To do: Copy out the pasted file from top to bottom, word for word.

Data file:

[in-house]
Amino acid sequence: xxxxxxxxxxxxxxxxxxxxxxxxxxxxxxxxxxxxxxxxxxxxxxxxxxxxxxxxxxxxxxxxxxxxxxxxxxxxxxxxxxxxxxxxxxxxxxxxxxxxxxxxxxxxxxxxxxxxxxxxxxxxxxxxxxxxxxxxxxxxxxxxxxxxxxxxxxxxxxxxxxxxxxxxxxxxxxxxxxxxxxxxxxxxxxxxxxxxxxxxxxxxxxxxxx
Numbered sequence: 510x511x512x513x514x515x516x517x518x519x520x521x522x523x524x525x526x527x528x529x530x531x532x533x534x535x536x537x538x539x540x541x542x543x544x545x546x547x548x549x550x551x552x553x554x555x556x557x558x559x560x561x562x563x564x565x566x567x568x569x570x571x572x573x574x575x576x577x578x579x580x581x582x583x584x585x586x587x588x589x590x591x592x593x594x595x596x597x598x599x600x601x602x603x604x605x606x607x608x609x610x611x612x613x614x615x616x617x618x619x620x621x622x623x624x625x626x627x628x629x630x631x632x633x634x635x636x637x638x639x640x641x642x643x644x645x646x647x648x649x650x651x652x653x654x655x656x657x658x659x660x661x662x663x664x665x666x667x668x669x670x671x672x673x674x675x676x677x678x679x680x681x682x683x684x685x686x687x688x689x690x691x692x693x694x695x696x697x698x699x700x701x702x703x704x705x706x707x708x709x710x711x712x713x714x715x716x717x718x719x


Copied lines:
[in-house]
Amino acid sequence: xxxxxxxxxxxxxxxxxxxxxxxxxxxxxxxxxxxxxxxxxxxxxxxxxxxxxxxxxxxxxxxxxxxxxxxxxxxxxxxxxxxxxxxxxxxxxxxxxxxxxxxxxxxxxxxxxxxxxxxxxxxxxxxxxxxxxxxxxxxxxxxxxxxxxxxxxxxxxxxxxxxxxxxxxxxxxxxxxxxxxxxxxxxxxxxxxxxxxxxxxxxxxxxxxx
Numbered sequence: 510x511x512x513x514x515x516x517x518x519x520x521x522x523x524x525x526x527x528x529x530x531x532x533x534x535x536x537x538x539x540x541x542x543x544x545x546x547x548x549x550x551x552x553x554x555x556x557x558x559x560x561x562x563x564x565x566x567x568x569x570x571x572x573x574x575x576x577x578x579x580x581x582x583x584x585x586x587x588x589x590x591x592x593x594x595x596x597x598x599x600x601x602x603x604x605x606x607x608x609x610x611x612x613x614x615x616x617x618x619x620x621x622x623x624x625x626x627x628x629x630x631x632x633x634x635x636x637x638x639x640x641x642x643x644x645x646x647x648x649x650x651x652x653x654x655x656x657x658x659x660x661x662x663x664x665x666x667x668x669x670x671x672x673x674x675x676x677x678x679x680x681x682x683x684x685x686x687x688x689x690x691x692x693x694x695x696x697x698x699x700x701x702x703x704x705x706x707x708x709x710x711x712x713x714x715x716x717x718x719x